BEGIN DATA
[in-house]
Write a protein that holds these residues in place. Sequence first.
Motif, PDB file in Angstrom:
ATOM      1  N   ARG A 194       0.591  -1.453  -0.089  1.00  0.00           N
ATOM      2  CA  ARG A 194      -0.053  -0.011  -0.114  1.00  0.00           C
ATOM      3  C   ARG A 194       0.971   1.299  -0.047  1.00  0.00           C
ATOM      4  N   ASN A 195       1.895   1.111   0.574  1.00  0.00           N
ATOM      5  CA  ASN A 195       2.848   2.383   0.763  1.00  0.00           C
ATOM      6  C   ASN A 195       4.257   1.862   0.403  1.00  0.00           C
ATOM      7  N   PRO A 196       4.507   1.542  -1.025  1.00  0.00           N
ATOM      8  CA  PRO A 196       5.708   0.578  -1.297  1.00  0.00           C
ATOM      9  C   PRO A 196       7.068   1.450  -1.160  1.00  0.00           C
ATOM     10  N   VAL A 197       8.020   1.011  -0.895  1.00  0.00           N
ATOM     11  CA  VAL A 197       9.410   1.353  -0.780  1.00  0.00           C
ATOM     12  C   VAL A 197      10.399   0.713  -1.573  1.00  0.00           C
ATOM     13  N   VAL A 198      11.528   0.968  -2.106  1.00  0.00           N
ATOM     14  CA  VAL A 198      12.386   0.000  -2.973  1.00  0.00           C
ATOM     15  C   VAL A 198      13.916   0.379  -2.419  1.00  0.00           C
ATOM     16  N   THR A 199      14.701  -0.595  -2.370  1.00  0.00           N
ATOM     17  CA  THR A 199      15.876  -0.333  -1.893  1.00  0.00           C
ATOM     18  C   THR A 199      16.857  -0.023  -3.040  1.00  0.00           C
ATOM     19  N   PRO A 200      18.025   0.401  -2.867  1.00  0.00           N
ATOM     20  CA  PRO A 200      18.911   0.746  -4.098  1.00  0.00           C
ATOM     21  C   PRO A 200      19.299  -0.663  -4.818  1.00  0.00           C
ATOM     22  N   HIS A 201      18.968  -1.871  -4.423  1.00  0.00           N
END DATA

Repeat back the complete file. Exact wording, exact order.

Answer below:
[in-house]
Write a protein that holds these residues in place. Sequence first.
Motif, PDB file in Angstrom:
ATOM      1  N   ARG A 194       0.591  -1.453  -0.089  1.00  0.00           N
ATOM      2  CA  ARG A 194      -0.053  -0.011  -0.114  1.00  0.00           C
ATOM      3  C   ARG A 194       0.971   1.299  -0.047  1.00  0.00           C
ATOM      4  N   ASN A 195       1.895   1.111   0.574  1.00  0.00           N
ATOM      5  CA  ASN A 195       2.848   2.383   0.763  1.00  0.00           C
ATOM      6  C   ASN A 195       4.257   1.862   0.403  1.00  0.00           C
ATOM      7  N   PRO A 196       4.507   1.542  -1.025  1.00  0.00           N
ATOM      8  CA  PRO A 196       5.708   0.578  -1.297  1.00  0.00           C
ATOM      9  C   PRO A 196       7.068   1.450  -1.160  1.00  0.00           C
ATOM     10  N   VAL A 197       8.020   1.011  -0.895  1.00  0.00           N
ATOM     11  CA  VAL A 197       9.410   1.353  -0.780  1.00  0.00           C
ATOM     12  C   VAL A 197      10.399   0.713  -1.573  1.00  0.00           C
ATOM     13  N   VAL A 198      11.528   0.968  -2.106  1.00  0.00           N
ATOM     14  CA  VAL A 198      12.386   0.000  -2.973  1.00  0.00           C
ATOM     15  C   VAL A 198      13.916   0.379  -2.419  1.00  0.00           C
ATOM     16  N   THR A 199      14.701  -0.595  -2.370  1.00  0.00           N
ATOM     17  CA  THR A 199      15.876  -0.333  -1.893  1.00  0.00           C
ATOM     18  C   THR A 199      16.857  -0.023  -3.040  1.00  0.00           C
ATOM     19  N   PRO A 200      18.025   0.401  -2.867  1.00  0.00           N
ATOM     20  CA  PRO A 200      18.911   0.746  -4.098  1.00  0.00           C
ATOM     21  C   PRO A 200      19.299  -0.663  -4.818  1.00  0.00           C
ATOM     22  N   HIS A 201      18.968  -1.871  -4.423  1.00  0.00           N